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Miramar remains a leader in sustainability and believes in its power to unite a community. The Disco Soup events allow Miramar to educate, train and entertain our community right in our community garden. I am pleased to know for generations to come that Disco Soup will leave a legacy in our city.
Miramar Mayor Wayne Messam

The Miramar Disco Soup is a tasty initiative where participants “chop to the beat” to promote awareness about reducing food waste. It is a celebration where strangers came together to slice, dice, and boogie, transforming blemished veggies into a delicious meal. The initiative empowers participants to save money, energy, and the planet while having a lot of fun.

The need for the Disco Soup came from the emendable fact that food waste accounts for 15% of total municipal solid waste in the United States. Every year, an estimated 66 tons of food in the U.S. worth about $160 billion is wasted by retailers and consumers. 

Held at the Miramar Intergenerational Fruit & Vegetable Garden, the 2016 Disco Soup drew students, seniors, veterans, and families who celebrated the delicious flavors of locally grown food. These educational events, which foster civic action and promote healthy living, also help create a sense of community. Just like participatory art installations, Disco Soup audiences become part of a collaborative culinary performance. There was an all-around good vibe at the Disco Soup, where community engagement was palpable!

Implementation Process

The Disco Soup initiative promotes agricultural practices to establish a local food system while encouraging urban agriculture and reducing greenhouse gas emissions related to the transport of farm produce. It also supports local sustainable agriculture and economy by connecting farmers with local users such as chefs, schools and consumers.

Implementation Timeline

The initiative was fairly quick to coordinate; it only took a few months to plan because the city already had an established network of stakeholders and a venue, the Miramar Intergenerational Fruit & Vegetable Garden at Fairway Park, which worked well for this type of program. With the assistance of city staff, the garden’s volunteers and other local businesses organized the Disco Soup.

Implementation Funding

The Disco Soup was held at the Miramar Intergenerational Fruit & Vegetable Community Garden, as part of the programming funded by the GRO1000 Gardens and Green Spaces Grant Award by the U.S. Conference of Mayors (USCM) and Scotts Miracle-Gro Company. The Garden is funded exclusively by donations.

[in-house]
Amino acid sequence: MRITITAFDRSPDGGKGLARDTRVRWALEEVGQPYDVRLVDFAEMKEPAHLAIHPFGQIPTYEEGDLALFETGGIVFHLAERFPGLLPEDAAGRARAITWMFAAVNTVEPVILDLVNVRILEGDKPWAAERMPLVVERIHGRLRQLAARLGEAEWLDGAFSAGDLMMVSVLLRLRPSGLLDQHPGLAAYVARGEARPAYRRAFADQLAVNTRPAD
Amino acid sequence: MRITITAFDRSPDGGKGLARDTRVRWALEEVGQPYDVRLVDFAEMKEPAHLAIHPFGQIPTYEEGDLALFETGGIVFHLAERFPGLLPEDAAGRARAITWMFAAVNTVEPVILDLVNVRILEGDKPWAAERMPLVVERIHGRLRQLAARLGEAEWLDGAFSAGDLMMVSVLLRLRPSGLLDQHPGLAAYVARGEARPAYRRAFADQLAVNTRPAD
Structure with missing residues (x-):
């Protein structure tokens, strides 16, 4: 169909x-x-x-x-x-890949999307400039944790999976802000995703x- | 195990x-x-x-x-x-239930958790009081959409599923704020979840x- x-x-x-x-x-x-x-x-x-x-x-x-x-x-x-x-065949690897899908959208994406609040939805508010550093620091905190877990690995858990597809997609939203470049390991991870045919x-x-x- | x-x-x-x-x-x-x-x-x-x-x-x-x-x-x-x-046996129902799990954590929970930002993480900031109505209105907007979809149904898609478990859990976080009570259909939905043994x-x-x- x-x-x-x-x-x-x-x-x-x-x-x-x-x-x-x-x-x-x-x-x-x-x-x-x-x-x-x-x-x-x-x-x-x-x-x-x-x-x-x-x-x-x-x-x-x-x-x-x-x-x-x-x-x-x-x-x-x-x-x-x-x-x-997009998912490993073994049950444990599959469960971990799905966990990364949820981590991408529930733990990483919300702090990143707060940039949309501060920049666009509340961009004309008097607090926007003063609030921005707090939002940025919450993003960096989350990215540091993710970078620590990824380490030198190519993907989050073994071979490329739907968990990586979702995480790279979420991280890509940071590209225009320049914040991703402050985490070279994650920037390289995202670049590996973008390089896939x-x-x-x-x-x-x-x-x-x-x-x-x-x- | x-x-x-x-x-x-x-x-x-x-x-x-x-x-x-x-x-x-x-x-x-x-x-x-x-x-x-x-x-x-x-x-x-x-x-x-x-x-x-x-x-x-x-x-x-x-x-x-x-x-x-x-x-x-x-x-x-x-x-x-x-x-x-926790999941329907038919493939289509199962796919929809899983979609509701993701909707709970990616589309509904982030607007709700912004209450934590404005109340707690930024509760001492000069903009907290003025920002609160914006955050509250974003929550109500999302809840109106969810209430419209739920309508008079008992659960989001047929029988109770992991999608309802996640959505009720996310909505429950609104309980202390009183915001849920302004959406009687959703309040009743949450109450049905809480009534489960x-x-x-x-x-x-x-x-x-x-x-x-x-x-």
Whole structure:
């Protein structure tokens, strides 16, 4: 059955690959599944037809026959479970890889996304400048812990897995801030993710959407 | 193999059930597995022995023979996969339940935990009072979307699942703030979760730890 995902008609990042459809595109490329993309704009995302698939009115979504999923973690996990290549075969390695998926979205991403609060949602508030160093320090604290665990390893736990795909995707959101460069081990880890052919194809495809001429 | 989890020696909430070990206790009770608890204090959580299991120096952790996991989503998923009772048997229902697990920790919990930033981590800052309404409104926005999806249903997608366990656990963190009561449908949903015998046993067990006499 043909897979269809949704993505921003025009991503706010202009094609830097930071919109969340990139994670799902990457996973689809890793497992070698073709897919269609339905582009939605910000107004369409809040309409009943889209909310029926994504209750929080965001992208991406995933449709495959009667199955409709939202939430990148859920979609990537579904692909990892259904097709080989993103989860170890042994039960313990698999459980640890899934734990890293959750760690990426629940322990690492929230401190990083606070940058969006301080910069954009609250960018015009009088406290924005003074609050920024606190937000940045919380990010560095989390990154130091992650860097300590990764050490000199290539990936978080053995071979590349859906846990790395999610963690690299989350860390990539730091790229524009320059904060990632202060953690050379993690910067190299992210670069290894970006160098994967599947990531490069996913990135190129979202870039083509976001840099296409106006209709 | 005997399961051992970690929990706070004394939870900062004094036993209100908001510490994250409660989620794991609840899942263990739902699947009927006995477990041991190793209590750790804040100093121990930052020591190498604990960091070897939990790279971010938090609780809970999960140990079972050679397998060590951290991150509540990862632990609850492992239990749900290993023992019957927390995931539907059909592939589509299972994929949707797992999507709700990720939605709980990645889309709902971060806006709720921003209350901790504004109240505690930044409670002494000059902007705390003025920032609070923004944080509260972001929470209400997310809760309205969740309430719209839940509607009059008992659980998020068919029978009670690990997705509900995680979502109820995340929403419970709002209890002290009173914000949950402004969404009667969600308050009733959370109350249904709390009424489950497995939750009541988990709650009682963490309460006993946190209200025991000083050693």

The Disco Soup itself is a low-cost, easy-to-replicate, and very adaptable initiative. The event began with a budget of only $500 and expenditures went to the chef, who choreographed and assisted in the food preparation/tastings for 100 participants; a live DJ to bring the music to the disco; and other miscellaneous supplies. In-kind donations included burritos from Chipotle and Made in Miramar products from the community garden, which included kale lemonade, lemon grass tea, Sorrel tea, moringa tea, and herb sachets. A local artist also offered vegetable caricatures in exchange for a donation to the garden. Proceeds from the sale of some of the garden’s bounty tallied a grand total of $164, making the total cost of putting on the Disco Soup only $336.

Community Benefits

With a slogan of “What do Lexicons, Carrots, and Travolta have in common?”, the Miramar Disco Soup offered a place for participants to dance to the beat provided by a live DJ while chopping and preparing delicious recipes directed by Chef Trina Spillman from The Need to Feed Foundation. Participants were treated to a multi-cultural culinary experience offering delicious beverages such as sorrel drink, ginger beer, lemongrass tea, kale lemonade, and moringa tea. A Lexicon of Sustainability Pop-Up Exhibit showcased key components of a vibrant local food system. Local farmers offered freshly harvested vegetables and master gardeners hosted tours of the garden.

 

The Facts

Quick Facts & Statistics

  • The need for the Disco Soup came from the emendable fact that food waste accounts for 21% of total waste in the United States and is the largest percentage of waste going into municipal landfills.
  • As data indicates that the average American throws away $28-$43 in the form of approximately 20 pounds of food each month.
  • The growing presence of fast-food restaurants in the area has created an overabundance of unhealthy food outlets. A report published by Scripps Research Institute Florida campus, confirms the "addictive" properties of junk food. Additionally, according to a survey about school-aged youth by the United States Centers for Disease Control and Prevention (CDC) titled “Broward County, Florida Youth Risk Behavior”: 52% of school children don’t participate in sports, 31% watch television 3 or more hours per day and 8% are considered obese. Is our youth caught in a “perfect storm” of degenerative health? Disco Soups at community gardens can come to the rescue by providing access to nutritious food and engage our children in outdoor physical activity, which are two essential ingredients for good health.